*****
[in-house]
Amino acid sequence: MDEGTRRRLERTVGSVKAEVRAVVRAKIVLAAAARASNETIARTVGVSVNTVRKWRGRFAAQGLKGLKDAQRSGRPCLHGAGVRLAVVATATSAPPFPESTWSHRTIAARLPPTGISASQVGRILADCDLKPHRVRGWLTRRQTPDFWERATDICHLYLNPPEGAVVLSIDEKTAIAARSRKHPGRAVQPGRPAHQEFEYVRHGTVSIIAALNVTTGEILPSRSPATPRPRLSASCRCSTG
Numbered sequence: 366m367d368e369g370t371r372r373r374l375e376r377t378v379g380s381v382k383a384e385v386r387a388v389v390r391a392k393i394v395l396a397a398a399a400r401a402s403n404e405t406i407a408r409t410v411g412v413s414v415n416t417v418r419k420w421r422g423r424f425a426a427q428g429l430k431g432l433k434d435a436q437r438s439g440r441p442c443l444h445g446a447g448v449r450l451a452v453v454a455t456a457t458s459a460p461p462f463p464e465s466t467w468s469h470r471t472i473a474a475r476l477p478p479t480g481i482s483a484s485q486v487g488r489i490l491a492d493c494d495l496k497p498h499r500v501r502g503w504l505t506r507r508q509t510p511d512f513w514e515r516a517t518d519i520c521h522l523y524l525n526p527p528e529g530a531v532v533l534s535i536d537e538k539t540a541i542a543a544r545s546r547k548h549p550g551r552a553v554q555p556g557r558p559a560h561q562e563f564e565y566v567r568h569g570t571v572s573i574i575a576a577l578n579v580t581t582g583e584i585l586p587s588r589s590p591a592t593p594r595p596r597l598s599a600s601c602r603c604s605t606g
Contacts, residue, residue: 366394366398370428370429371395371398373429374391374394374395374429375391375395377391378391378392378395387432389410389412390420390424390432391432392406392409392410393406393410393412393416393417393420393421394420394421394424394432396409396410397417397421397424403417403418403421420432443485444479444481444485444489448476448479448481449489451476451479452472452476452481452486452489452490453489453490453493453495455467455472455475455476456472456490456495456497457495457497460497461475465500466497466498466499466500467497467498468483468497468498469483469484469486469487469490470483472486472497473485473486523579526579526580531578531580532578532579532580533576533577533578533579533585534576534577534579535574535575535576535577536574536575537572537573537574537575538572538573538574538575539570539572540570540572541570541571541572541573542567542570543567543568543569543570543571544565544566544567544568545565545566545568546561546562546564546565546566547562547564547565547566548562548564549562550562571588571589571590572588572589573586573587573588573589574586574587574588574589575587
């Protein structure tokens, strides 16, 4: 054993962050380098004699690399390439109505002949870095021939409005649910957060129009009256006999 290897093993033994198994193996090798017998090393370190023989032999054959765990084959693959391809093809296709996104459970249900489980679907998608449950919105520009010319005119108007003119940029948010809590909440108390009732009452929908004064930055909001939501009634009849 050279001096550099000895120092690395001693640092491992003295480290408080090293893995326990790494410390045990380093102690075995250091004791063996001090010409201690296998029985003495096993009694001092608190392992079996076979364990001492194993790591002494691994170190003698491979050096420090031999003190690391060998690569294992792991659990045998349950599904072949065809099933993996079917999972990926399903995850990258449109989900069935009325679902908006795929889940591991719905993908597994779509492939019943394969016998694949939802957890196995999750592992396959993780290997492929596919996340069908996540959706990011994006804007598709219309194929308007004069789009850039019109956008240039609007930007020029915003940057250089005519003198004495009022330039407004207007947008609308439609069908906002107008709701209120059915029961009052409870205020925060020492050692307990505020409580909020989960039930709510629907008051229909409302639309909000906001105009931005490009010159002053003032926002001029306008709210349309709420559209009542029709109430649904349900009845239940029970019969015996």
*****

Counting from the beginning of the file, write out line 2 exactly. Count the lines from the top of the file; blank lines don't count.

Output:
Amino acid sequence: MDEGTRRRLERTVGSVKAEVRAVVRAKIVLAAAARASNETIARTVGVSVNTVRKWRGRFAAQGLKGLKDAQRSGRPCLHGAGVRLAVVATATSAPPFPESTWSHRTIAARLPPTGISASQVGRILADCDLKPHRVRGWLTRRQTPDFWERATDICHLYLNPPEGAVVLSIDEKTAIAARSRKHPGRAVQPGRPAHQEFEYVRHGTVSIIAALNVTTGEILPSRSPATPRPRLSASCRCSTG